There's never a dull day at FireEye -- even on the weekends. At approximately 7:29 AM PDT today, we were notified by several security researchers that a fireeye[.]com/careers HR link was inadvertently serving up a drive-by download exploit. Our internal security, IT operations team, and third-party partners quickly researched and discovered that the malicious code was not hosted directly on any FireEye web infrastructure, but rather, it was hosted on a third-party advertiser (aka "malvertisement") that was linked via one of our third-party web services. The team then responded and immediately removed links to the malicious code in conjunction with our partners in order to protect our website users. More information on this third-party compromise (of video.js) can be found here.
The full redirect looked like this:
(redirect to) -> hxxp://xxx[.]xxxxxxxx[.]com/career/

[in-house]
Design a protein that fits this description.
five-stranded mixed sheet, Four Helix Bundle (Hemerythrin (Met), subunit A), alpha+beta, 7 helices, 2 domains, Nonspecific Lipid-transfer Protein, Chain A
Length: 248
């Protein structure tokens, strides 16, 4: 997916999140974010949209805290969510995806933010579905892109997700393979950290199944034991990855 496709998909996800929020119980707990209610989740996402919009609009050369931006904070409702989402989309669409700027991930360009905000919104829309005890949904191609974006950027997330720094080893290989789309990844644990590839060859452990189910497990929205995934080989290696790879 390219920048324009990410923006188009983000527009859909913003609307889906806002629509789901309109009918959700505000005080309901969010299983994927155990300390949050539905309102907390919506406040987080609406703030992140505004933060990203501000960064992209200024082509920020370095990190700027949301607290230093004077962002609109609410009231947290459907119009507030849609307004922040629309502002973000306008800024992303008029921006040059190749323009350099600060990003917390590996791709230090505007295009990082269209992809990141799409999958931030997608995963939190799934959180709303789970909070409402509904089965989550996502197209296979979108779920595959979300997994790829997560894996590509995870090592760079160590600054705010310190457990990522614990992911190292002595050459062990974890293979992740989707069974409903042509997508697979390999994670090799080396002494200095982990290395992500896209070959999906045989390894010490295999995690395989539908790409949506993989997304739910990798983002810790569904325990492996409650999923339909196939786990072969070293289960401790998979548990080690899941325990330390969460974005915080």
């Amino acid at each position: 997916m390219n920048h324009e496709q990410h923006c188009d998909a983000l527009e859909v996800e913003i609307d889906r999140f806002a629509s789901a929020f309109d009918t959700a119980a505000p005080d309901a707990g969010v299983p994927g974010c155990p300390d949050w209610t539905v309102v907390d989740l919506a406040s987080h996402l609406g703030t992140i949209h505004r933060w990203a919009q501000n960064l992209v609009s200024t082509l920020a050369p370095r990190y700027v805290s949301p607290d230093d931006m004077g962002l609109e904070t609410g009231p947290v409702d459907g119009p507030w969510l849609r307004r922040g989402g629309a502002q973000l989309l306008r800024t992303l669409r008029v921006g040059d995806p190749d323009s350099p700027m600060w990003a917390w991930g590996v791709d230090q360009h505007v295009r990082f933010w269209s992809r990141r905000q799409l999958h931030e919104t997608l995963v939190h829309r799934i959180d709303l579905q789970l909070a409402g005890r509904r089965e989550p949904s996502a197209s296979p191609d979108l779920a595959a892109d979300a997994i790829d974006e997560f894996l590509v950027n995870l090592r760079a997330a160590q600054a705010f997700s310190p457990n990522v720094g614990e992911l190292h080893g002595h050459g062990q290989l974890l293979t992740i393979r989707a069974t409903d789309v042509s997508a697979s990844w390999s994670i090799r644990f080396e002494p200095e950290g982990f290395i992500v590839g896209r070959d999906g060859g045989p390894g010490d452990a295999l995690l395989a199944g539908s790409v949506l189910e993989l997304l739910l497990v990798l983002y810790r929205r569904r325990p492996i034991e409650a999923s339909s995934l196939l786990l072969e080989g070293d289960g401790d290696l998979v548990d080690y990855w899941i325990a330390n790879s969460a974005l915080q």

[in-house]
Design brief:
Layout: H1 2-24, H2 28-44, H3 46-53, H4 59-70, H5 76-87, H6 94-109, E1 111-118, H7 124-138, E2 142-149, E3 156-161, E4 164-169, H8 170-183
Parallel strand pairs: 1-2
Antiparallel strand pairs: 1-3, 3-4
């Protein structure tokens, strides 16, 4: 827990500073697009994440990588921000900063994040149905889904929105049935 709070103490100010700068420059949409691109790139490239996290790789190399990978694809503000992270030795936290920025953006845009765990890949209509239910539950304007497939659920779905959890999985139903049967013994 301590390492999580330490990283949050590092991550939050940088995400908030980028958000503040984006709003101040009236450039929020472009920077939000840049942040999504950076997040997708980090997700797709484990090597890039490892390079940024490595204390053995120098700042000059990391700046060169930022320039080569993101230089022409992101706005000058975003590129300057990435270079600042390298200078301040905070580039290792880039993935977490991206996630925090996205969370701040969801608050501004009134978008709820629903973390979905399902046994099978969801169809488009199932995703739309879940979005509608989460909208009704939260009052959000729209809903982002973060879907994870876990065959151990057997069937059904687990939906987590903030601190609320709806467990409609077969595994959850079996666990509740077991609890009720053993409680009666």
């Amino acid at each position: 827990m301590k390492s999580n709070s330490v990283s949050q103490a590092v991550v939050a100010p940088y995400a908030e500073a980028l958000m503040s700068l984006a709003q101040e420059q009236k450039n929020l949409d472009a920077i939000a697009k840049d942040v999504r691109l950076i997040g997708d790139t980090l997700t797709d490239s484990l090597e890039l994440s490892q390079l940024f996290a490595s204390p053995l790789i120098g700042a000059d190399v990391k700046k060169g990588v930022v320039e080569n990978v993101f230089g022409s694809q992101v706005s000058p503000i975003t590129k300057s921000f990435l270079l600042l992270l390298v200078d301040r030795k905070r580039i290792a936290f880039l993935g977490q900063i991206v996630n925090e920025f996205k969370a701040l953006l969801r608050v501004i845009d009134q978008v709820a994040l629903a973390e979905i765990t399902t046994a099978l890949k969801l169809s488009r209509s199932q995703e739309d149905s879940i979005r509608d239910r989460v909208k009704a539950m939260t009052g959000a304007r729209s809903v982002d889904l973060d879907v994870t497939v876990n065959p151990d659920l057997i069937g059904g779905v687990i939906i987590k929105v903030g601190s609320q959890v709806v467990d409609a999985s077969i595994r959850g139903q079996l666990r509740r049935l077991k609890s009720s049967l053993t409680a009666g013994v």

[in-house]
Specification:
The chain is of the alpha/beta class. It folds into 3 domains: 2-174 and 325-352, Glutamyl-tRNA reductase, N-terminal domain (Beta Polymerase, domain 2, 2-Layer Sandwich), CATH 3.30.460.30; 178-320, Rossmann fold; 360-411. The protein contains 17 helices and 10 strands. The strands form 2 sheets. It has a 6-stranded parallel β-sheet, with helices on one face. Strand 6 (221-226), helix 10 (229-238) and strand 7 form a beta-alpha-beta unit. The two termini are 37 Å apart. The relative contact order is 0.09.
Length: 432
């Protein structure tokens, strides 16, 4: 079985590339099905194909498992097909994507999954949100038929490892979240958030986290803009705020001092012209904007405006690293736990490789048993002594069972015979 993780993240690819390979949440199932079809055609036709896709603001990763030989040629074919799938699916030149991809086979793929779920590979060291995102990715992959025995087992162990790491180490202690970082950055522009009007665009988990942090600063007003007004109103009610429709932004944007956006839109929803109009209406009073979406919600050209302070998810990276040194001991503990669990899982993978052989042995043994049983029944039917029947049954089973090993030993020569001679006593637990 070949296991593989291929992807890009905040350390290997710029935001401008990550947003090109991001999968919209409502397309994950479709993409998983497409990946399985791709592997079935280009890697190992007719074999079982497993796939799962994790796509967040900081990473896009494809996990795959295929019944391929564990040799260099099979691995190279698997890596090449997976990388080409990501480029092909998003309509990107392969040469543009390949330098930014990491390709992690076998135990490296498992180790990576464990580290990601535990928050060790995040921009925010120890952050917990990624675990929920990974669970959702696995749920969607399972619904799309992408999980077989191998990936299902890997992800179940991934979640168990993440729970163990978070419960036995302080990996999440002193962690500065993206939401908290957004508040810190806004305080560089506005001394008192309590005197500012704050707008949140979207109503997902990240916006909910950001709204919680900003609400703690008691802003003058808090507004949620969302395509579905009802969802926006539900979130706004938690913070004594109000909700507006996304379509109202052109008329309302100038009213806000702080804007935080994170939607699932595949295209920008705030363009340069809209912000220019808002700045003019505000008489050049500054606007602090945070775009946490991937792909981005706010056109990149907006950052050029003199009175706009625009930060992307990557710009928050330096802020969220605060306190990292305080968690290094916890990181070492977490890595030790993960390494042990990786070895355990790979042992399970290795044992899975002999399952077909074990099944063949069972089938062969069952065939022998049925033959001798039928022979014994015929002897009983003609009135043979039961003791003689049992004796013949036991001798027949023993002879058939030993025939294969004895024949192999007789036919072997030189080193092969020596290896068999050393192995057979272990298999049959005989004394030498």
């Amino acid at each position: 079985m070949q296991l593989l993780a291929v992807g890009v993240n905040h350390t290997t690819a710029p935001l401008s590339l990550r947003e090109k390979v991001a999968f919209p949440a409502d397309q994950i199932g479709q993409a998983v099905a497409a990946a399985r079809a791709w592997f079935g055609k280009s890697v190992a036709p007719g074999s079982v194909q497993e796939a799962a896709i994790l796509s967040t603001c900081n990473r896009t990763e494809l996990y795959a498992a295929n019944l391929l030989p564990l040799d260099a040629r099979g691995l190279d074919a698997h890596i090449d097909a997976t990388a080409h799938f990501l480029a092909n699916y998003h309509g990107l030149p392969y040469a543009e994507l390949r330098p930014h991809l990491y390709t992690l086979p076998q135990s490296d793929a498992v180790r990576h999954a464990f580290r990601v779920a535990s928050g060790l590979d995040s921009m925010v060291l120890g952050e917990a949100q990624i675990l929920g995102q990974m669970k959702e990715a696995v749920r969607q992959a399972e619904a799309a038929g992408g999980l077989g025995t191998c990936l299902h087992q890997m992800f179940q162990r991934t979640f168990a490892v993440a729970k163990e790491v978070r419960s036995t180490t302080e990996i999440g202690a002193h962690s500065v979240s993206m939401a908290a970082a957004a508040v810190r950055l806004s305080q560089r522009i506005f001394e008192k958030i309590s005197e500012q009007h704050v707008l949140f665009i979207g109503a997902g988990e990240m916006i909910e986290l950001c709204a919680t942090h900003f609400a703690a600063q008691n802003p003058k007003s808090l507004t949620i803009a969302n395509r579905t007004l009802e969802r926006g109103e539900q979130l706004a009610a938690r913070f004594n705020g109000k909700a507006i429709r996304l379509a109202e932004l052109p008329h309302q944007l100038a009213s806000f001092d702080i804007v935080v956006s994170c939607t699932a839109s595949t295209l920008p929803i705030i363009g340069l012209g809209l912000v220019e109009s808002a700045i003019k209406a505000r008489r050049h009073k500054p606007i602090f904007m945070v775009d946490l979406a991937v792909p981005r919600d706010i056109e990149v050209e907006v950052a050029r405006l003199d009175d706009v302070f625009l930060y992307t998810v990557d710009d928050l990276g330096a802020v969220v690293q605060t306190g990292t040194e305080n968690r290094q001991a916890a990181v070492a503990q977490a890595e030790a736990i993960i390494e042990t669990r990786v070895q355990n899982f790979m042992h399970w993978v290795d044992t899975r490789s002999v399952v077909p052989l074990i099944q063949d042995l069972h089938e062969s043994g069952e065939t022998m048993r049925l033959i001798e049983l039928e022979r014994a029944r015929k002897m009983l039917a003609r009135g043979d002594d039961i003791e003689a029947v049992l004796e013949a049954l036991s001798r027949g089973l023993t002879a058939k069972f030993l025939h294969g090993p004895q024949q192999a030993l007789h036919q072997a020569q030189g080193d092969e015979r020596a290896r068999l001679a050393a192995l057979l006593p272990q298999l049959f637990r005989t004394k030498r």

(calls) -> hxxp://cdn[.]adsbarscipt[.]com/links/jump/ (MALVERTISEMENT)
(calls) -> hxxp://209[.]239[.]127[.]185/591918d6c2e8ce3f53ed8b93fb0735cd
/face-book.php (EXPLOIT URL)
(drops) -> MD5: 01771c3500a5b1543f4fb43945337c7d
So what was this, anyway?
It turns out, this attack was not targeted and it was not a watering hole attack. Instead, this campaign appears to be a recent wave of the Darkleech malware campaign, where third-party Horde/IMP Plesk Webmail servers were vulnerable to attack and used to serve up Java exploits that ultimately drop yet another ransomware named Reveton (similar to Urausy) -- yet other AV engines report it as a Zeus Bot (Zbot) variant.
Do FireEye products detect this attack?
Yes, the initial infection vector, payload, and corresponding Reveton callbacks were fully detected across all FireEye products prior to this incident being reported to us. In fact, this particular Reveton sample has been reported by approximately 49 of our worldwide customers, so far. Further intelligence about this threat is listed below:
- DTI Statistics for MD5: 01771c3500a5b1543f4fb43945337c7d
- MD5 first seen by our customers: 2013-09-14 07:12:40 UTC
- Number of unique worldwide FireEye Web MPS detections: 188+
- Number of unique FireEye Web MPS customers reported/alerted on this sample: 49+
- Number of industries affected: 12+
Lastly, FireEye acknowledges and thanks security researchers Inaki Rodriguez and Stephanus J Alex Taidri for bringing this issue to our attention.